The News Courier in Athens, Alabama

State and Nation

December 6, 2012

US unemployment aid applications drop to 370K

— WASHINGTON (AP) — The number of people seeking U.S. unemployment aid fell sharply last week as a temporary spike caused by Superstorm Sandy has faded. Weekly applications have fallen back to a level consistent with modest hiring.

The Labor Department said Thursday that applications dropped 25,000 last week to a seasonally adjusted 370,000.

Unemployment aid applications spiked a month ago after Sandy shuttered businesses in the Northeast. Applications jumped to 451,000 in the week ended Nov. 10. People can claim unemployment benefits if their workplaces are forced to close and they aren't paid.

Some analysts were encouraged by how quickly applications have returned to pre-storm levels. Pierre Ellis, an economist at Decision Economics, said the rapid drop suggests companies are quickly re-hiring workers displaced by the storm. Rebuilding and repair efforts could also be creating jobs, he said.

The report is "a positive development for the labor market, which appears to be recovering from the temporary effects of Sandy more rapidly than originally anticipated," Joseph LaVorgna, an economist at Deutsche Bank, said in a note to clients.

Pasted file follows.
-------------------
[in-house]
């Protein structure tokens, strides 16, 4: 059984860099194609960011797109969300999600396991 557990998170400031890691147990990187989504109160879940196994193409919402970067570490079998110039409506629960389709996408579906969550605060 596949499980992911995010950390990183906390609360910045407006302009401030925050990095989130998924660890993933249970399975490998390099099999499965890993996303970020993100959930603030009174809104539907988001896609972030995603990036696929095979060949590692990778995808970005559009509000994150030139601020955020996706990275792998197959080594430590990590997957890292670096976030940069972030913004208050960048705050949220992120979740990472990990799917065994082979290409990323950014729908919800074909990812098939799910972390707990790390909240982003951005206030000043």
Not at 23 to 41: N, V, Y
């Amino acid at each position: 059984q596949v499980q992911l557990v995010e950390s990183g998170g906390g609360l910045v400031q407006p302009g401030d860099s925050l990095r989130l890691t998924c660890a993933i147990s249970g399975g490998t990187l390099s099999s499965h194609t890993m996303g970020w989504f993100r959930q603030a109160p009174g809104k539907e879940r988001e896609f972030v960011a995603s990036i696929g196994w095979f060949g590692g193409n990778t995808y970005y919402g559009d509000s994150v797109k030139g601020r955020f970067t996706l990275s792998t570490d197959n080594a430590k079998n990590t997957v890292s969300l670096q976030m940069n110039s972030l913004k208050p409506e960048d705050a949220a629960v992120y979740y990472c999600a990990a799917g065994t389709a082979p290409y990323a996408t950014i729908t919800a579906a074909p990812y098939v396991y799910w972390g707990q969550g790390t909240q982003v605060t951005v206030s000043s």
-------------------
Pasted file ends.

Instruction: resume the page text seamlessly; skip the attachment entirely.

The early impact of Sandy can still be seen in the four-week average. It rose to 408,000 last week.

Before the storm hit on Oct. 29, applications had fluctuated this year between 360,000 and 390,000. They topped 400,000 for most of last year. That has coincided with only modest declines in the unemployment rate.

The storm is also likely to depress November's job figures, which the government will report Friday. And fears over looming tax increases and spending cuts, known as the "fiscal cliff," may have also dragged on job gains last month.

Economists expect employers added 110,000 jobs in November, according to FactSet. And they think the unemployment rate will remain 7.9 percent.

Some analysts expect much lower job gains, roughly 25,000 to 50,000, because of Sandy and anxiety over the fiscal cliff.

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